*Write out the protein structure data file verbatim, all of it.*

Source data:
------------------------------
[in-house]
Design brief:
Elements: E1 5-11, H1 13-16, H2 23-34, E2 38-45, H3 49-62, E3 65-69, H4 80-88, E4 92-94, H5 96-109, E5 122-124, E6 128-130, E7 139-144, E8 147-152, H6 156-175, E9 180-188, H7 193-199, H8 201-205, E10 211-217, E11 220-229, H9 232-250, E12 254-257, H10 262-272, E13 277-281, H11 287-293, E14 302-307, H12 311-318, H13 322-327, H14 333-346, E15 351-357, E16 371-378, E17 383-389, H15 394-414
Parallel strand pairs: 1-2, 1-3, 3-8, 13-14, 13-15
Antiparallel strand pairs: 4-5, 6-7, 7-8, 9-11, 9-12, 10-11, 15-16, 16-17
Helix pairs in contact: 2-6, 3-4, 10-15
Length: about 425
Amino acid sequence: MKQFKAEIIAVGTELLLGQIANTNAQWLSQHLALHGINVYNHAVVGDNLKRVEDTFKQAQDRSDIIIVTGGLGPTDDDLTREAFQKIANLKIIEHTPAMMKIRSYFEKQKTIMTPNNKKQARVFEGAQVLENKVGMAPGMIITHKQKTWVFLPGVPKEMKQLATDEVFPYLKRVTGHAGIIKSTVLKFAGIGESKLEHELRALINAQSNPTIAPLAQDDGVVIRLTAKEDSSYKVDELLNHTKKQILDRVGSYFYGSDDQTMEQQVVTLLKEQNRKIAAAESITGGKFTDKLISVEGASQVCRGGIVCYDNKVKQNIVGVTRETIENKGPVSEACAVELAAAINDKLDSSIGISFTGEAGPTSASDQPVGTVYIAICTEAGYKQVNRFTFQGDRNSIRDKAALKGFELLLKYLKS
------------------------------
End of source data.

[in-house]
Design brief:
Elements: E1 5-11, H1 13-16, H2 23-34, E2 38-45, H3 49-62, E3 65-69, H4 80-88, E4 92-94, H5 96-109, E5 122-124, E6 128-130, E7 139-144, E8 147-152, H6 156-175, E9 180-188, H7 193-199, H8 201-205, E10 211-217, E11 220-229, H9 232-250, E12 254-257, H10 262-272, E13 277-281, H11 287-293, E14 302-307, H12 311-318, H13 322-327, H14 333-346, E15 351-357, E16 371-378, E17 383-389, H15 394-414
Parallel strand pairs: 1-2, 1-3, 3-8, 13-14, 13-15
Antiparallel strand pairs: 4-5, 6-7, 7-8, 9-11, 9-12, 10-11, 15-16, 16-17
Helix pairs in contact: 2-6, 3-4, 10-15
Length: about 425
Amino acid sequence: MKQFKAEIIAVGTELLLGQIANTNAQWLSQHLALHGINVYNHAVVGDNLKRVEDTFKQAQDRSDIIIVTGGLGPTDDDLTREAFQKIANLKIIEHTPAMMKIRSYFEKQKTIMTPNNKKQARVFEGAQVLENKVGMAPGMIITHKQKTWVFLPGVPKEMKQLATDEVFPYLKRVTGHAGIIKSTVLKFAGIGESKLEHELRALINAQSNPTIAPLAQDDGVVIRLTAKEDSSYKVDELLNHTKKQILDRVGSYFYGSDDQTMEQQVVTLLKEQNRKIAAAESITGGKFTDKLISVEGASQVCRGGIVCYDNKVKQNIVGVTRETIENKGPVSEACAVELAAAINDKLDSSIGISFTGEAGPTSASDQPVGTVYIAICTEAGYKQVNRFTFQGDRNSIRDKAALKGFELLLKYLKS